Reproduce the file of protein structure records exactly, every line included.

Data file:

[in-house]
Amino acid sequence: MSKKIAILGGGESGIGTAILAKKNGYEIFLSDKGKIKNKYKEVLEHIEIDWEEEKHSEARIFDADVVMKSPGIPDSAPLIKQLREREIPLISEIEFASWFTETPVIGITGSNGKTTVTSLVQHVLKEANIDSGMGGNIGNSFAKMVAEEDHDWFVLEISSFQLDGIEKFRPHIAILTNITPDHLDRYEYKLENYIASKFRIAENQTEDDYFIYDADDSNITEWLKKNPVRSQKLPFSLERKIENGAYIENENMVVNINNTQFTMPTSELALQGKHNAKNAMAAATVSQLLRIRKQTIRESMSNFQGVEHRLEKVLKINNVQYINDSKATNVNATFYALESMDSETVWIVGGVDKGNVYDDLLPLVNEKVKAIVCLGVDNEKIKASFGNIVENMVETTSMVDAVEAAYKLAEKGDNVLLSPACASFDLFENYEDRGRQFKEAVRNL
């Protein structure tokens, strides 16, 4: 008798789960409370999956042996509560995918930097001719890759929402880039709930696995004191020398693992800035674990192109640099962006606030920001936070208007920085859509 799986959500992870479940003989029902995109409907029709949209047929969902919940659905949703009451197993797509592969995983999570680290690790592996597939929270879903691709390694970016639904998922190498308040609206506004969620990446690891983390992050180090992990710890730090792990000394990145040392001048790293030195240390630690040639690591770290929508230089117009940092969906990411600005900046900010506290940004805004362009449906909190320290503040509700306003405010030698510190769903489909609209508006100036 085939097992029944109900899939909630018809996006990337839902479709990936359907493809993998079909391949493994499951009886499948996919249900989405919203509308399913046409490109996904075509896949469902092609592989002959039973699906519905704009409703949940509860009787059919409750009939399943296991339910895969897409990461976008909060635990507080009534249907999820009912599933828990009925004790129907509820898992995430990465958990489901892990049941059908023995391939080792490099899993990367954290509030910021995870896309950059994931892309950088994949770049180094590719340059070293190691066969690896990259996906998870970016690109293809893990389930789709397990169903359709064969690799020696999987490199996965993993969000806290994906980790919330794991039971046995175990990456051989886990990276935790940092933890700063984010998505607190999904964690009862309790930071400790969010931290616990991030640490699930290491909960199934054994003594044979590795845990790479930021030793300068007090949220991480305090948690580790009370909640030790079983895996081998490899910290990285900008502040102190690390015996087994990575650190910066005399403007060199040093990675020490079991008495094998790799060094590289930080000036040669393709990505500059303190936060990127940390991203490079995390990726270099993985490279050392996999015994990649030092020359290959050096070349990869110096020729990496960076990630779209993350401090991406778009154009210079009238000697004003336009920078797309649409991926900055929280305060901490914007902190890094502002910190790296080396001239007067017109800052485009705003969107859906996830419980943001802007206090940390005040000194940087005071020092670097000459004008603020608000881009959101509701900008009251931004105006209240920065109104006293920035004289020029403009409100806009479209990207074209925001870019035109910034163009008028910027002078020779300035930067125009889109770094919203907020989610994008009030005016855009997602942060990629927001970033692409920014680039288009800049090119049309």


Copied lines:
[in-house]
Amino acid sequence: MSKKIAILGGGESGIGTAILAKKNGYEIFLSDKGKIKNKYKEVLEHIEIDWEEEKHSEARIFDADVVMKSPGIPDSAPLIKQLREREIPLISEIEFASWFTETPVIGITGSNGKTTVTSLVQHVLKEANIDSGMGGNIGNSFAKMVAEEDHDWFVLEISSFQLDGIEKFRPHIAILTNITPDHLDRYEYKLENYIASKFRIAENQTEDDYFIYDADDSNITEWLKKNPVRSQKLPFSLERKIENGAYIENENMVVNINNTQFTMPTSELALQGKHNAKNAMAAATVSQLLRIRKQTIRESMSNFQGVEHRLEKVLKINNVQYINDSKATNVNATFYALESMDSETVWIVGGVDKGNVYDDLLPLVNEKVKAIVCLGVDNEKIKASFGNIVENMVETTSMVDAVEAAYKLAEKGDNVLLSPACASFDLFENYEDRGRQFKEAVRNL
């Protein structure tokens, strides 16, 4: 008798789960409370999956042996509560995918930097001719890759929402880039709930696995004191020398693992800035674990192109640099962006606030920001936070208007920085859509 799986959500992870479940003989029902995109409907029709949209047929969902919940659905949703009451197993797509592969995983999570680290690790592996597939929270879903691709390694970016639904998922190498308040609206506004969620990446690891983390992050180090992990710890730090792990000394990145040392001048790293030195240390630690040639690591770290929508230089117009940092969906990411600005900046900010506290940004805004362009449906909190320290503040509700306003405010030698510190769903489909609209508006100036 085939097992029944109900899939909630018809996006990337839902479709990936359907493809993998079909391949493994499951009886499948996919249900989405919203509308399913046409490109996904075509896949469902092609592989002959039973699906519905704009409703949940509860009787059919409750009939399943296991339910895969897409990461976008909060635990507080009534249907999820009912599933828990009925004790129907509820898992995430990465958990489901892990049941059908023995391939080792490099899993990367954290509030910021995870896309950059994931892309950088994949770049180094590719340059070293190691066969690896990259996906998870970016690109293809893990389930789709397990169903359709064969690799020696999987490199996965993993969000806290994906980790919330794991039971046995175990990456051989886990990276935790940092933890700063984010998505607190999904964690009862309790930071400790969010931290616990991030640490699930290491909960199934054994003594044979590795845990790479930021030793300068007090949220991480305090948690580790009370909640030790079983895996081998490899910290990285900008502040102190690390015996087994990575650190910066005399403007060199040093990675020490079991008495094998790799060094590289930080000036040669393709990505500059303190936060990127940390991203490079995390990726270099993985490279050392996999015994990649030092020359290959050096070349990869110096020729990496960076990630779209993350401090991406778009154009210079009238000697004003336009920078797309649409991926900055929280305060901490914007902190890094502002910190790296080396001239007067017109800052485009705003969107859906996830419980943001802007206090940390005040000194940087005071020092670097000459004008603020608000881009959101509701900008009251931004105006209240920065109104006293920035004289020029403009409100806009479209990207074209925001870019035109910034163009008028910027002078020779300035930067125009889109770094919203907020989610994008009030005016855009997602942060990629927001970033692409920014680039288009800049090119049309």